Last month, the Dominican government announced that for the first time in its history the Republic achieved “BB” credit rating, granted by the agency Standard & Poor’s (S&P Global) and confirmed by Fitch Ratings on its Stability Outlook report.
The foreign investment climate improves, which means more companies and more jobs on Dominican soil, decrease in the sovereign bond rates that the Government has faced, which makes it possible to reduce the fiscal deficit and take the money with which the interest would be paid to invest in public works.
What does all mean?
Simple, amongst the main attributes that a country must possess to generate a climate of financial confidence, is to have a strong and stable economy, which occurs with that of the Dominican Republic in these recent years.
In the report, finds that the country’s Worldwide Governance Indicators (WGI) are a research dataset summarizing the views on the quality of governance provided by a large number of enterprise, citizen, and expert survey respondents in industrial and developing countries.
The Republic’s composite increased from the 37th to the 50th percentile in the decade to 2021, one of the biggest improvements of any sovereign rated by the firm, reflecting progress in efforts to strengthen institutions (judicial independence, budget and procurement transparency, property rights) and a vaccination campaign.
By providing economic stability, legal security and its strategic position, the Dominican Republic has become one of the main recipients of foreign direct investment (FDI) in the region.
Growth across sectors
When breaking down the data by sector, tourism represents the largest inflow of FDI, reporting US$942 million in 2021, according to the United Nations Worth Tourism Organisation (UNWTO).
This is followed by real estate with US$497.4 million; mining at US$472.5 million, and commerce and free zones with US$330.7 million and US$285.5 million, respectively.
Meanwhile, other sectors such as energy at US$279.6 million, financial sector at US$121.2 million, telecommunications at US$84.3 million, and transportation for US$69.1 million.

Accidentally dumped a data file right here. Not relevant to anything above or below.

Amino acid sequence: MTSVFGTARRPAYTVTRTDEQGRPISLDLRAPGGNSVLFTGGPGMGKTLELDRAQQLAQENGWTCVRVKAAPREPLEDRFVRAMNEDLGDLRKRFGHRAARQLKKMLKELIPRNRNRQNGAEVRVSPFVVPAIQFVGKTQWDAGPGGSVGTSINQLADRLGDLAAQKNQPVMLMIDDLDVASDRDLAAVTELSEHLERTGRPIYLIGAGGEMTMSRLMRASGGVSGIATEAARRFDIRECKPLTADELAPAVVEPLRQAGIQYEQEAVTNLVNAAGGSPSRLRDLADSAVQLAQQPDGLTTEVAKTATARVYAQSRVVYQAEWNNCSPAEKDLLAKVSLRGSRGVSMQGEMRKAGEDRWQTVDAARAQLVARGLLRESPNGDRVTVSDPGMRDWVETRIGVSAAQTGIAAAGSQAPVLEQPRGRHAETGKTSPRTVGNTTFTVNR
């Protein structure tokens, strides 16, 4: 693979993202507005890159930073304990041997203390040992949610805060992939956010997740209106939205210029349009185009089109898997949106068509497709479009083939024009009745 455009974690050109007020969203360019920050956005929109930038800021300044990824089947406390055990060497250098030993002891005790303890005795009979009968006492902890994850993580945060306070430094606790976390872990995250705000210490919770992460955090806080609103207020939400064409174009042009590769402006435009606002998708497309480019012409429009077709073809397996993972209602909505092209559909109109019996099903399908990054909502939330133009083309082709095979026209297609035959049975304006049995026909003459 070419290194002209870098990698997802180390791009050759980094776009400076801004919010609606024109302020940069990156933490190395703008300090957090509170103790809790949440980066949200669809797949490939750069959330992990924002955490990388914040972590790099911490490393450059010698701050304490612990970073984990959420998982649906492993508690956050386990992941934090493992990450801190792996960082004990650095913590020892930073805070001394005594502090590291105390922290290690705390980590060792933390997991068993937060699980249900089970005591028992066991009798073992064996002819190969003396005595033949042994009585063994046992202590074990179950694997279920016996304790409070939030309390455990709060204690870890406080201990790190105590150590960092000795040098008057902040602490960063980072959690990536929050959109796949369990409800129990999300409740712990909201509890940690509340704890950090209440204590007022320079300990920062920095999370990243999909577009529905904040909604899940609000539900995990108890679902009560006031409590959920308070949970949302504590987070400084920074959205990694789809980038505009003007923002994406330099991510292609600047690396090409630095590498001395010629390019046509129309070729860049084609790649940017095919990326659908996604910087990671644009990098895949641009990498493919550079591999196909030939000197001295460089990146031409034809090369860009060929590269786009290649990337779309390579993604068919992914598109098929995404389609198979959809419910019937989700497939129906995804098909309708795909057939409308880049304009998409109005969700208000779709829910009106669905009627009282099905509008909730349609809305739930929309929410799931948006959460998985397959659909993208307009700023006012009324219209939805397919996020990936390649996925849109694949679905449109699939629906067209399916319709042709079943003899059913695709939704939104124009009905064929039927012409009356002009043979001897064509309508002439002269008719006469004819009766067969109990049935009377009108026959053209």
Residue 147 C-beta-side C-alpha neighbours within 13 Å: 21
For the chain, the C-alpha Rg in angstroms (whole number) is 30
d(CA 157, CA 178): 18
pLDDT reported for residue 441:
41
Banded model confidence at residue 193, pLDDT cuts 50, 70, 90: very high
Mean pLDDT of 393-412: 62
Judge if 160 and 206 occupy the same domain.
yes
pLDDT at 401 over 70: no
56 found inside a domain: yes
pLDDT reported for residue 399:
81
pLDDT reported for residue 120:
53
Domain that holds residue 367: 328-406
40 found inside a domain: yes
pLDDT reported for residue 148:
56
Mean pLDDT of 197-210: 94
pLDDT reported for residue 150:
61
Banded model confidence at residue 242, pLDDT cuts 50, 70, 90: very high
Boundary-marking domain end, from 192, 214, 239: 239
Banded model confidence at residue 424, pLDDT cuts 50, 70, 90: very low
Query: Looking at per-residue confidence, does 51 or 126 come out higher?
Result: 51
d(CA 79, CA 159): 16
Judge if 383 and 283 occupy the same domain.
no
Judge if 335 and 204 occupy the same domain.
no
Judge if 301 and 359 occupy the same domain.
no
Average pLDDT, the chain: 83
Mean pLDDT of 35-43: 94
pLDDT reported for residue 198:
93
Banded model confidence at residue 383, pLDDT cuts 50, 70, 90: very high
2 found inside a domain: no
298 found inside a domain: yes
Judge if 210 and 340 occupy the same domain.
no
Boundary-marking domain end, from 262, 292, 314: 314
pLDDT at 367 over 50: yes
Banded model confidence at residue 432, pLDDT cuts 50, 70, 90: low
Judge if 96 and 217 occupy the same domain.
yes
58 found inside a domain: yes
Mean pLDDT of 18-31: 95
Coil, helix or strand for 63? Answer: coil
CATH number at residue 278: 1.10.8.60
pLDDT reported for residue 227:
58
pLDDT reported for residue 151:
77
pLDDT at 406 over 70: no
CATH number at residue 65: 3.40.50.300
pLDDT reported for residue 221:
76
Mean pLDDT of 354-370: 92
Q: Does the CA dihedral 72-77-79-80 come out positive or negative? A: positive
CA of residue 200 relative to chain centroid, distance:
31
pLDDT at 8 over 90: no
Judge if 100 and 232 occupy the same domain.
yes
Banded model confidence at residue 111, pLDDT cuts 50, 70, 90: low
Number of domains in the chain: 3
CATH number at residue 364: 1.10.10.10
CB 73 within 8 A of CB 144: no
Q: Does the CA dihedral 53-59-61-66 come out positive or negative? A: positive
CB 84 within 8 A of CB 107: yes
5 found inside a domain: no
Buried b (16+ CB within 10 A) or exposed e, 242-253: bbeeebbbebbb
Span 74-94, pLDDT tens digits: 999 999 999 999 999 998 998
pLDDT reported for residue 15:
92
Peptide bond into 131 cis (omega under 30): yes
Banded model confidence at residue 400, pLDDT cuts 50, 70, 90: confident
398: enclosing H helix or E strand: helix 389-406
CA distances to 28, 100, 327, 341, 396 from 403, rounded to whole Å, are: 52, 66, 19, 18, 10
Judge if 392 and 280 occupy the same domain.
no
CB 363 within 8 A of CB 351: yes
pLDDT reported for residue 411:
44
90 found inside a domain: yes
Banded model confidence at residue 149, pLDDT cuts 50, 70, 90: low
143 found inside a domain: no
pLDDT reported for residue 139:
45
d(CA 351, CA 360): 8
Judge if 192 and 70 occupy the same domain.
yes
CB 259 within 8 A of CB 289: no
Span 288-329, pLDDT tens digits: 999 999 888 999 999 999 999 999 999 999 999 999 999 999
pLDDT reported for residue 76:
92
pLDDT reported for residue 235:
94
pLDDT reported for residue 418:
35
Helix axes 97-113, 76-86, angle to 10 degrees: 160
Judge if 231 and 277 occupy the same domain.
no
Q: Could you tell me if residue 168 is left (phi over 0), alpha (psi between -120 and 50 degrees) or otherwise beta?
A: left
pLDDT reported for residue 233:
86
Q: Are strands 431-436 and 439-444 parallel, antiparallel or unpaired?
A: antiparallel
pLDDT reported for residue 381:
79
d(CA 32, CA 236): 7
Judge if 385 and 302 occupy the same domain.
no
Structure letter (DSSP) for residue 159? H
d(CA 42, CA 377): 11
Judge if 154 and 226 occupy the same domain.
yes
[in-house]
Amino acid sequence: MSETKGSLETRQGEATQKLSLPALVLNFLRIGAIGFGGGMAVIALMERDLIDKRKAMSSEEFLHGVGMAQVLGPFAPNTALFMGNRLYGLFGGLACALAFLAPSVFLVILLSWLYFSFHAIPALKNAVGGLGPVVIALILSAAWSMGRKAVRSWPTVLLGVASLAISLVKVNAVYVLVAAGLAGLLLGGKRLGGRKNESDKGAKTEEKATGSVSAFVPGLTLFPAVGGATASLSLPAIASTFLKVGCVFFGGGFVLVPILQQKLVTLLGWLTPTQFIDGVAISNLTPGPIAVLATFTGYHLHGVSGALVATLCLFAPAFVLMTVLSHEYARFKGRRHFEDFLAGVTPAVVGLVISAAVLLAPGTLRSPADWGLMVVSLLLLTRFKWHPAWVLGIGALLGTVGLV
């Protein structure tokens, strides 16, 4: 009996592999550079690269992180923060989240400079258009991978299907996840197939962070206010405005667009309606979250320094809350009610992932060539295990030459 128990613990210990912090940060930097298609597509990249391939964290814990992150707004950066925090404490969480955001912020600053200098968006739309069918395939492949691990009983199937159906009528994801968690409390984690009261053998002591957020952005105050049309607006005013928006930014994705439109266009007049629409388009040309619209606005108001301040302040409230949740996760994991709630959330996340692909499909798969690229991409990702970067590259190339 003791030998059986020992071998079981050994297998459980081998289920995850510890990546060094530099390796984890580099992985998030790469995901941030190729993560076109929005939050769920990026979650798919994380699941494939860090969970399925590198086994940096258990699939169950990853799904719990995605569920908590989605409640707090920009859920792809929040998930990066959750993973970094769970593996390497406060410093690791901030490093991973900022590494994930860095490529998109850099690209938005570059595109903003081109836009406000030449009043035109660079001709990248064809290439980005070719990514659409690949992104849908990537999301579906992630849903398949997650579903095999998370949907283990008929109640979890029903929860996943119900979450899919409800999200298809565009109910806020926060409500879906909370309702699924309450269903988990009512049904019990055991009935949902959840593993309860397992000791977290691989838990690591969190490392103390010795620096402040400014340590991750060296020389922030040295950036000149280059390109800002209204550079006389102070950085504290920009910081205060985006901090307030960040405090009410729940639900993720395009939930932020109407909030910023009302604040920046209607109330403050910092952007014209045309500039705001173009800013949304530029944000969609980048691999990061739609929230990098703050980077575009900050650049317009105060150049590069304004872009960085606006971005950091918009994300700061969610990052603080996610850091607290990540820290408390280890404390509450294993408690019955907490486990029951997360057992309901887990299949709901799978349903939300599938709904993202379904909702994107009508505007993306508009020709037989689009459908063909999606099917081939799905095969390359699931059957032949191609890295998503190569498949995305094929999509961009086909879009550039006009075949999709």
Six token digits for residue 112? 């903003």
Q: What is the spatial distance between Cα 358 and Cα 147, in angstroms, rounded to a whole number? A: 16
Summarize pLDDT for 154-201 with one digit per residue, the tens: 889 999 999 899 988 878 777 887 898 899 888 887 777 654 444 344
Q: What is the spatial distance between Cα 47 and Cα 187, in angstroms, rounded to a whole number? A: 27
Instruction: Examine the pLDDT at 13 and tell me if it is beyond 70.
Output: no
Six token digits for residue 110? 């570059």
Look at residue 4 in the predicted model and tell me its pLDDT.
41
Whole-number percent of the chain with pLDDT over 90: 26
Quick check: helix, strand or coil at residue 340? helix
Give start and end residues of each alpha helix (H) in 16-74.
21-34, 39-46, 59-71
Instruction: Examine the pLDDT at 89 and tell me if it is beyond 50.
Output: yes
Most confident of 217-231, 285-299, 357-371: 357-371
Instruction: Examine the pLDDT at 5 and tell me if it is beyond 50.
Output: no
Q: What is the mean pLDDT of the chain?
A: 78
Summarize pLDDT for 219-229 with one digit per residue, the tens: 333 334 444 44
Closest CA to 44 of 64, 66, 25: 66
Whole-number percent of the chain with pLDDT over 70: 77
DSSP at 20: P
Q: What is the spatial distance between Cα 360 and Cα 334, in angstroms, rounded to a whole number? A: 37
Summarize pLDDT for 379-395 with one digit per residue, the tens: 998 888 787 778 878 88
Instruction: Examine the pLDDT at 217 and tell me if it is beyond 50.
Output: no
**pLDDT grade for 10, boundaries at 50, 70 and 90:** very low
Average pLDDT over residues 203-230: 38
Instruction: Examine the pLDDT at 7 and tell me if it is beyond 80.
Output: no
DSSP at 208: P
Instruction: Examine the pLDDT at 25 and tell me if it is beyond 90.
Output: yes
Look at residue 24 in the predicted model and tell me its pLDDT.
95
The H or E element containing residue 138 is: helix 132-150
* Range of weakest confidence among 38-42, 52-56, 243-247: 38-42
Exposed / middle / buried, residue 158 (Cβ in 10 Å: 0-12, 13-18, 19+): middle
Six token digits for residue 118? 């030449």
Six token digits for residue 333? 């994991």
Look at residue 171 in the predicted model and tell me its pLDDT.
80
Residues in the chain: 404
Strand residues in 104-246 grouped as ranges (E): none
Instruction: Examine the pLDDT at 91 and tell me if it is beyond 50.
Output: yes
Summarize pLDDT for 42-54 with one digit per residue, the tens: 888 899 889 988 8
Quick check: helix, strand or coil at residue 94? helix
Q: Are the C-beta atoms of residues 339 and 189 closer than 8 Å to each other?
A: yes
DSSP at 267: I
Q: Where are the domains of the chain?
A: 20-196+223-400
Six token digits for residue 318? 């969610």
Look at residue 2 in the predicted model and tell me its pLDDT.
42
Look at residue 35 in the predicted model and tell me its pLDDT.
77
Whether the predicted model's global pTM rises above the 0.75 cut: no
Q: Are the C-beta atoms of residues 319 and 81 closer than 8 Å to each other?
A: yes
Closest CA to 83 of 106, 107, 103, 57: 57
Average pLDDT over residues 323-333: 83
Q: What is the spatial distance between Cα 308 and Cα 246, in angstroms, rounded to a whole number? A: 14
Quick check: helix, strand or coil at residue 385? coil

Also, the implementation of the VUI Platform, in Spanish ‘Ventanilla Unica de Inversión‘, is a step forward in the country-strategy, since this tool has differentiating elements compared to other similar ones in the region that only concentrate their efforts on information dissemination.
The Dominican Republic, despite not being a power or a developed country, has demonstrated strong resistance to these effects, to the point that it did not reach the maximum level of inflation.
Instead, according to reports from the International Monetary Fund (IMF) and the Economic Commission for Latin America and the Caribbean (CEPAL), the nation is among the first countries in Latin America where the economy is expected to grow by 2023, all this when the region is forecast to have a slowdown in this same period of time.
Increase in quality of human capital
Having faster than expected economic growth during that period and the reduction of the fiscal deficit.
Meanwhile, the implementation of structural reforms in areas such as energy, water, and public-private partnerships, along with efforts to increase the quality of human capital and attract Foreign Direct Investment (FDI) to higher value-added industries, will be increasingly important to sustain growth.
Over the past decade, economic growth in the Dominican Republic has substantially reduced poverty rates and supported the expansion of the middle class.
However, disparities in access to economic opportunity and public services remain deep. Poverty rates are stubbornly high in rural areas, and women face disproportionate challenges across the country.
So in this upcoming year, we shall expect more accountability on the side of public policies which impact directly against the seen disparities. Which in the long-run only talks of the perks of having one of the best economies in the Caribbean region and Central America.